Given the increasing popularity of Apple devices and their growing market share, malware designed specifically to target these platforms is beginning to attract more attention. Last year, Panda raised the alert about a worm, iPhone/Eeki, able to infect jailbroken iPhones (i.e. those that have been tampered with in order to install unofficial applications). The worm was also able to spread to iPod Touch.

Logically, all malware designed for iPhones will have the same ability to infect and spread to iPad devices. This is because the iPad and the iPhone share the same operating system, known as iPhone (v3), or iOS (v4) in the forthcoming version.

‘This doesn’t mean we’re about to face an avalanche of infections’, says Jeremy Matthews, head of Panda’s sub-Saharan operations. ‘However, we have always stated that as Apple takes more market share, cyber-crooks will begin to show more interest in targeting those that use this platform.’

Despite the fact that Apple decided to totally close off the hardware (making it impossible to install peripherals) and the software (all applications are installed from the manufacturer’s App Store) cyber-criminals have found a way to infect jailbroken devices with malware.

‘With more and more proof of Apple being targeted, we advise all Mac users to follow the manufacturer’s recommendations to increase security on their operating systems’ concludes Matthews.

Since 1990, Panda’s mission has been to detect and eliminate new threats as rapidly as possible in order to offer maximum security. To do so, PandaLabs has an innovative automated system that analyzes and classifies thousands of new samples a day and returns automatic verdicts (malware or goodware). This system is the basis of collective intelligence, Panda’s new security model which can even detect malware that has evaded other security solutions.

Currently, 99.4% of malware detected by Panda is analyzed through this system of collective intelligence. This is complemented by the work of several teams, each specialised in a specific type of malware (viruses, worms, Trojans, spyware, phishing, spam, etc).This translates into simple, secure and resource-friendly solutions for users.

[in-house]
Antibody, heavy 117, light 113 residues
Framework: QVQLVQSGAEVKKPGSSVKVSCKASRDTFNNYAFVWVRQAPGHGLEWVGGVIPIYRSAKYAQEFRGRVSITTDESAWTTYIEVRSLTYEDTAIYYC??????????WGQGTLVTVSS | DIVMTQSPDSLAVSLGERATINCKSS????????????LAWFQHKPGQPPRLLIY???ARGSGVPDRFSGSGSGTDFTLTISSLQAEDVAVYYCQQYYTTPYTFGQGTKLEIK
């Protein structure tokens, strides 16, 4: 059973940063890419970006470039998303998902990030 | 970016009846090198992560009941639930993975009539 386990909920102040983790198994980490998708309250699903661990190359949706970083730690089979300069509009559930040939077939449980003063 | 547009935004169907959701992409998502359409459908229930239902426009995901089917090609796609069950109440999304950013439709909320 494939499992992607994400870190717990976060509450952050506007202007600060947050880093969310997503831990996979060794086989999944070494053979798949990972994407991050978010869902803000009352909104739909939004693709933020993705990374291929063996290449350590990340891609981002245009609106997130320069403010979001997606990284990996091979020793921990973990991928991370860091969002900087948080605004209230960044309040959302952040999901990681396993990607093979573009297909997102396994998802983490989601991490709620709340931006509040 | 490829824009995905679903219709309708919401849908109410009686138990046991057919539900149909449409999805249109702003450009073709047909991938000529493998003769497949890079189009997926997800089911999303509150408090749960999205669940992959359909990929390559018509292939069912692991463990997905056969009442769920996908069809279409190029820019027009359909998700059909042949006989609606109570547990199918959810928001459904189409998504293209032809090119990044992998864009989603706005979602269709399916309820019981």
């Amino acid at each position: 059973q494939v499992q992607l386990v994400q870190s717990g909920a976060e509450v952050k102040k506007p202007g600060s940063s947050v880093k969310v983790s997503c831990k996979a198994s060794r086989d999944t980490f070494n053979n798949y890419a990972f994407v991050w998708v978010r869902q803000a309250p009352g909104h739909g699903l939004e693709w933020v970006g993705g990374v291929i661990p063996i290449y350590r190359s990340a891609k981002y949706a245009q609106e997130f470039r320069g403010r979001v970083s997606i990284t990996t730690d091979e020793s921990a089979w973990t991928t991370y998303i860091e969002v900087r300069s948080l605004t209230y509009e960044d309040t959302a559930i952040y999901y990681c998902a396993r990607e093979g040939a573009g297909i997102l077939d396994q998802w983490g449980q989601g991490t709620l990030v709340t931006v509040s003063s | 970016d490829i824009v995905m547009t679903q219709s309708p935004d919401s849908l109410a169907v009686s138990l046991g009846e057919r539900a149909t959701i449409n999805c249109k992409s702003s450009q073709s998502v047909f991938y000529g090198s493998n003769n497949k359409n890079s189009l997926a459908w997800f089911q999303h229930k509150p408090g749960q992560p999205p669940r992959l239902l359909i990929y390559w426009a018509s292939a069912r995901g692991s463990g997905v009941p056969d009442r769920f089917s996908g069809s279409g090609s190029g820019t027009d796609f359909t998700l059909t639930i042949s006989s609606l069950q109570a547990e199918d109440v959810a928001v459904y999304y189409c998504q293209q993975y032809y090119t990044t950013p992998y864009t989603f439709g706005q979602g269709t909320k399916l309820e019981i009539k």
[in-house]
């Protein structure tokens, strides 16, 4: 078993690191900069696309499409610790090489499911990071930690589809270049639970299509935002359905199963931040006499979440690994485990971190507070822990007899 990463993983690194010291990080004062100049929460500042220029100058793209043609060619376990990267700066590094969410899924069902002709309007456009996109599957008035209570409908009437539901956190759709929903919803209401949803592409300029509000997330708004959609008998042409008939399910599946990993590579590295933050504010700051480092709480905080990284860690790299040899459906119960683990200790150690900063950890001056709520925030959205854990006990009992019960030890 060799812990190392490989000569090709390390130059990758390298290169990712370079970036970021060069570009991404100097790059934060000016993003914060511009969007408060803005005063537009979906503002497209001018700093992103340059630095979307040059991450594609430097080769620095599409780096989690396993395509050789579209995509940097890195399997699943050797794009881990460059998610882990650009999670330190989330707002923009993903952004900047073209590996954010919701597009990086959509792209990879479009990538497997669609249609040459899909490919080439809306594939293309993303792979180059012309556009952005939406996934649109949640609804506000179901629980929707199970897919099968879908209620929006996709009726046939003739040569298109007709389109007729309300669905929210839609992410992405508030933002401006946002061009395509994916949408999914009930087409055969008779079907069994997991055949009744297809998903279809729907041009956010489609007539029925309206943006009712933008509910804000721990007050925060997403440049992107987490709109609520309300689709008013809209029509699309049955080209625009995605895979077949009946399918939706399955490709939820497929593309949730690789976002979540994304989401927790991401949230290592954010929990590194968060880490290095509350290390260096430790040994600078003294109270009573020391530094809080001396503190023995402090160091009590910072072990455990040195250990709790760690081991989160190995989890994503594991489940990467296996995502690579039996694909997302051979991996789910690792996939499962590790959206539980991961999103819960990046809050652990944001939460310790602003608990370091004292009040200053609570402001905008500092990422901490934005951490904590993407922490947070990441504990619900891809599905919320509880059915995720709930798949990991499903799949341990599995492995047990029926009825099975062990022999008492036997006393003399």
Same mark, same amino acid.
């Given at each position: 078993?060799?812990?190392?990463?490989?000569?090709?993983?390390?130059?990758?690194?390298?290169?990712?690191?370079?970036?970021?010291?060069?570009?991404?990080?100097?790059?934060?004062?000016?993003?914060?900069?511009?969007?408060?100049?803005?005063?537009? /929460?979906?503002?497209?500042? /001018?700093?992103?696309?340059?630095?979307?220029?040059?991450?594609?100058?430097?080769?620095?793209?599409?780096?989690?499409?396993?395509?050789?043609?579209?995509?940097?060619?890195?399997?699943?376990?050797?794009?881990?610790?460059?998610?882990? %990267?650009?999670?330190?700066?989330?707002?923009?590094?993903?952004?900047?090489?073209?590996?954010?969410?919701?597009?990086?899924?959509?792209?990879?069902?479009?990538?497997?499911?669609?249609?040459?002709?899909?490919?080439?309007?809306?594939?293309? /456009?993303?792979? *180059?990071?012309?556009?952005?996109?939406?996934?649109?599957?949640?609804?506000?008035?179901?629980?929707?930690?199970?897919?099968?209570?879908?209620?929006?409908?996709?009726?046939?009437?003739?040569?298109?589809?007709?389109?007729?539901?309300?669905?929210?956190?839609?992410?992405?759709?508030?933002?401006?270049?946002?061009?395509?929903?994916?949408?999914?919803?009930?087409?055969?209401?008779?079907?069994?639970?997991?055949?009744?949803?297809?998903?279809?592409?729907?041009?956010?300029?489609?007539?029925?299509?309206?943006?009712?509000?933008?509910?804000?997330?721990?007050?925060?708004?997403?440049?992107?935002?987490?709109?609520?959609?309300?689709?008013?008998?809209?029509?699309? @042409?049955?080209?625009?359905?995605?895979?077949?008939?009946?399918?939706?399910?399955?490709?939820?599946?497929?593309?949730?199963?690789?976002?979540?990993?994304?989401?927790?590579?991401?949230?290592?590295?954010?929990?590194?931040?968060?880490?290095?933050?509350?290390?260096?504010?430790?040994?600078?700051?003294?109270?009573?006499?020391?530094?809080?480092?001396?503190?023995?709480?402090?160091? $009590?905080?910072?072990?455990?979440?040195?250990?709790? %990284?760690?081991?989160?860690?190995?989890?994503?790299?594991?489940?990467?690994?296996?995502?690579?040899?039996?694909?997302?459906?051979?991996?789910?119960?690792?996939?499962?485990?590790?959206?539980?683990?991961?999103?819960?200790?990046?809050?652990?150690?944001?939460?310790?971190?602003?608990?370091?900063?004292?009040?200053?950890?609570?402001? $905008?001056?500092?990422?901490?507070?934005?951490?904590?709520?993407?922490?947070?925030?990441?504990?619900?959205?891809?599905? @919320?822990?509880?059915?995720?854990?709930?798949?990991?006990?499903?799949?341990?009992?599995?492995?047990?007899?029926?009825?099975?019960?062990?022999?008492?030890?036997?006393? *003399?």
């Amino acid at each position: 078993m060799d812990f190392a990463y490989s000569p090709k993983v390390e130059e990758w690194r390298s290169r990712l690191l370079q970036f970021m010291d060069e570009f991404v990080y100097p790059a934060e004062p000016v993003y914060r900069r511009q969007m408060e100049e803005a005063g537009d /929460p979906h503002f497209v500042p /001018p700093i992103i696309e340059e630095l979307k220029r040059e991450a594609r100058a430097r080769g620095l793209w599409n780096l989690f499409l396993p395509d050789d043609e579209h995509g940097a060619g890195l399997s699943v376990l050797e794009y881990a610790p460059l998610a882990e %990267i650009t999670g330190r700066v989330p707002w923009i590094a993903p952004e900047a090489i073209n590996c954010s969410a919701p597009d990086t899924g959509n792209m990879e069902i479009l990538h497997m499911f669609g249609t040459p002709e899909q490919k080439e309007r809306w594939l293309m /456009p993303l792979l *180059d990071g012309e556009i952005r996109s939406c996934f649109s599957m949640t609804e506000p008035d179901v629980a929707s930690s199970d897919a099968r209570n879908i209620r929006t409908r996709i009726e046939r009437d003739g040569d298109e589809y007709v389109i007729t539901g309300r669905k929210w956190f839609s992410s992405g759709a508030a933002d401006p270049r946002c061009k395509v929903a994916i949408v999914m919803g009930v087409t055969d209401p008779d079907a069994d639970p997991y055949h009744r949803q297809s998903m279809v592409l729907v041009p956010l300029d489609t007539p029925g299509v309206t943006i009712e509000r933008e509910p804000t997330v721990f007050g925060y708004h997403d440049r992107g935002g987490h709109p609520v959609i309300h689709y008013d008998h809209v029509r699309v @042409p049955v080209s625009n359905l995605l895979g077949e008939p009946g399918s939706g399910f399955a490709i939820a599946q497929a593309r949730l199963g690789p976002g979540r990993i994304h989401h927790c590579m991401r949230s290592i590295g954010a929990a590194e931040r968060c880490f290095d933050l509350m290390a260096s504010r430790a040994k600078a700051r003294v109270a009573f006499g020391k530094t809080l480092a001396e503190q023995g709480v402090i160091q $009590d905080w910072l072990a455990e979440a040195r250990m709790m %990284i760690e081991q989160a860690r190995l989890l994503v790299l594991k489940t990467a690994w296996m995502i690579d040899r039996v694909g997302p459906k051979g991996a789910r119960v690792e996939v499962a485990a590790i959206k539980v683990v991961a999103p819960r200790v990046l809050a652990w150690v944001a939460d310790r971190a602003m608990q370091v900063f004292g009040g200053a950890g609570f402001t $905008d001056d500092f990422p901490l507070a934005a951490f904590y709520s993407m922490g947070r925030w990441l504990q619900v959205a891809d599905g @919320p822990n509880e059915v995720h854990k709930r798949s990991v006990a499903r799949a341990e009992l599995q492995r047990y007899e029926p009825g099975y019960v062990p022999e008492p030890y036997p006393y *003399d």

For more information, visit http://www.pandasecurity.com/.

Malware goes retro with the spread of the Sality.AO virus

Panda Security’s malware detection and analysis laboratory has noted an increase in the number of infections caused by Sality.AO, a virus that combines the features of traditional viruses (infecting files and damaging as many computers as possible to achieve notoriety for creators) with the objectives of new malware, i.e. generating financial returns for cyber-criminals. The global security vendor is therefore advising users to be on their guard against a potentially massive attack.

“Sality.AO uses some techniques which haven’t been seen for years, such as EPO or Cavity,” says Jeremy Matthews, the head of Panda Security’s sub-Saharan operations. “These techniques relate to the way in which the original file is modified in order to infect it, making it more difficult to detect these changes and to disinfect it. EPO allows part of a legitimate file to be run before infection starts, making it difficult to detect the malware while Cavity involves inserting the virus code in blank spaces within the legitimate file’s code, making it both more difficult to locate and to disinfect infected files.”

Matthews says that these techniques are far more complex than those that can be achieved with automatic malware creation tools, which have been responsible for much of the increase in the number of threats in circulation recently. They require much greater skill and knowledge of malicious code programming.

In addition to these techniques related with early malware, Sality.AO includes a series of features associated with new malware trends, such as the possibility to connect to IRC channels to receive remote commands, which could potentially turn the infected computer into a zombie. Such zombie computers can be used for sending spam, distributing malware and denial of service attacks.

Similarly, infections are not just restricted to files, as was the case with old viruses, but also look to propagate across the Internet, in line with new trends. To this end, it uses an iFrame to infect PHP, ASP and .HTML files on the computer. The result is that when any of these files are run the browser is redirected, without the user’s knowledge, to a malicious page that launches an exploit against a computer in order to download more malware.

If any of the infected files are posted on a webpage – bearing in mind these file types are typically uploaded to the Web – any users downloading the files or visiting the webpages will become infected.

The file downloaded through this technique is regarded by Panda as “hybrid malware” as it combines the functions of Trojans and viruses. The Trojan, in addition, has downloader features for downloading other strains of malware to the computer. The URLs used by this downloader were still not operative at the time of the Panda’s analysis, but they could become active as the number of infected computers increases.

“As we forecast in the annual PandaLabs report, the distribution of classic malicious code such as viruses will be a major trend in 2009. The use of increasingly sophisticated detection technologies like Panda Security’s Collective Intelligence, capable of detecting even low-level attacks and the newest malware techniques, will make cyber-crooks return to old codes, adapted to new needs. This means they won’t be viruses designed simply to spread or damage computers, as they were 10 years ago, but will be designed, such as in this case, to hide Trojans or turn computers into zombies,” concludes Matthews.